When our last update was sent most of the region was in the grasp of a late winter blast. Many areas were still waiting for snow to melt and the soil to warm to begin spring conditioning programs. Since that regional update, we have again experienced weather extremes. Temperatures reached well into the 90’s in portions of the central and southern parts of the region. This surge in temperature promoted a rapid growth response which was welcome for some, but for others, it was not.
Poa annua seedheads are beginning to emerge. For those that treated too early, the only recourse is to try and control seed that is still in the “boot” of the plant. Once the seed emerges we cannot treat to magically reverse this natural process. Don’t panic and increase growth regulation rates and don’t retreat or tighten the treatment interval. Stay with the plan to grow the strongest grass possible; much of the season is still ahead of us. Fertilize judiciously and brush to help make the grass and seed more erect prior to mowing. Use your best judgment to get through the seeding period and don’t bruise or wound the grass. Remember that just after Poa annua produces seed it is at its weakest point in its life cycle. Significant energy reserves are used to produce seed and this energy comes from the stored reserves in the regionalUpdateContents. While the surface may look fine, it is the regionalUpdateContents that will determine the survival of the plant when the soils get hot. Be proactive, communicate and manage through the spring transition to summer growth. Don’t hesitate to call us if you have any questions.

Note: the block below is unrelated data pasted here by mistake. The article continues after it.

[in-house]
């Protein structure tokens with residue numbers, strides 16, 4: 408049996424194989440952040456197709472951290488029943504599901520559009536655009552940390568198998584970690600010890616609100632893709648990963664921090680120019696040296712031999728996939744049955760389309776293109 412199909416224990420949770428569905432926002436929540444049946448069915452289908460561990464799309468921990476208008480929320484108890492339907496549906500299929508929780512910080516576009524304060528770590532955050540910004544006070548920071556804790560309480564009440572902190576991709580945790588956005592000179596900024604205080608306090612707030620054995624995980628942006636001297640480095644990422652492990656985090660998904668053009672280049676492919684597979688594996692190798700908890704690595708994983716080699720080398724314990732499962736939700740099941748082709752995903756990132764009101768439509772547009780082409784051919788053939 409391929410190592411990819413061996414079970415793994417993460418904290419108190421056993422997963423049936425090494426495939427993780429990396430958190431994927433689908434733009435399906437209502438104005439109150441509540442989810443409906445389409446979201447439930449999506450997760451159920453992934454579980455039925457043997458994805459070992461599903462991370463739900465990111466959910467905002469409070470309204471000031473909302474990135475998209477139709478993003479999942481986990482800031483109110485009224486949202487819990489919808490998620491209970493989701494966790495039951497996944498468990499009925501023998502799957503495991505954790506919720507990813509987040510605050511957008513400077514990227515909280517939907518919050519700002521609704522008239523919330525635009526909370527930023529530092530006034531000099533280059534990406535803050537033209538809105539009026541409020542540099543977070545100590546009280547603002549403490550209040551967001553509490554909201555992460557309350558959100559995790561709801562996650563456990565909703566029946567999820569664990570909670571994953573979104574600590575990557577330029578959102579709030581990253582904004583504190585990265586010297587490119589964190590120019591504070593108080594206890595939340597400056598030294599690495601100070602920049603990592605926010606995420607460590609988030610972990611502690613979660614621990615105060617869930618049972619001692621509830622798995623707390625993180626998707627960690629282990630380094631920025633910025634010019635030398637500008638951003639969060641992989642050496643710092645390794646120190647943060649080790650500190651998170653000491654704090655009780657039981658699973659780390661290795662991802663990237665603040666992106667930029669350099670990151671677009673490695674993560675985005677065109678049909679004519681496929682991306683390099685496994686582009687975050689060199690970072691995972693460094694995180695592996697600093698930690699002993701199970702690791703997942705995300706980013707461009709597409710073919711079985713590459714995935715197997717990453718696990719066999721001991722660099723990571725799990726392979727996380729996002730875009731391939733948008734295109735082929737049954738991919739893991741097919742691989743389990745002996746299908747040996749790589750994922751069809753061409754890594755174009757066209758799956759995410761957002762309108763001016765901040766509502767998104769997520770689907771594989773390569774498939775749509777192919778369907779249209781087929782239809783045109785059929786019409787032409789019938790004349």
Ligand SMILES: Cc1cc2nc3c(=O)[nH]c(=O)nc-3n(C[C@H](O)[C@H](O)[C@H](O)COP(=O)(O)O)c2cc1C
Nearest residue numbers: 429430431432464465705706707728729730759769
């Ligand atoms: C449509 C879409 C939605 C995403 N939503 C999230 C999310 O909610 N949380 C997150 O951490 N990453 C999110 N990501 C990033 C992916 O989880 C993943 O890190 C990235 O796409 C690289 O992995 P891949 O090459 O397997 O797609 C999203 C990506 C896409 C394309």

We have had confirmations of adult annual bluegrass weevil activity in portions of our region. Make every effort to wait until a consistent migration of adults occurs to implement control strategies. Use the calendar as guide but do not allow a penciled date on the calendar to dictate when the pest control is enacted. Missing the window of control for annual bluegrass weevil will only add to the potential stress that could severely damage weakened Poa annua.
Portions of the region have been very dry. This is a good thing as long as turf health is not compromised. Managing the soils on the dry side is a good idea. However, be sure to maintain a level of hydration that supports consistent, controlled growth. Keep checking soil moisture to determine the baseline levels that dictate the need for irrigation.
By now, preemergence herbicides should have been applied in most of the region unless the use of a product with postemergence activity is planned. Remember, most preemergence herbicides need to be watered in for activation. In non-irrigated areas, this means planning applications prior to rainfall. Early application should be the rule in these areas.
Information on the USGA’s Turf Advisory Service
Contact the Green Section Staff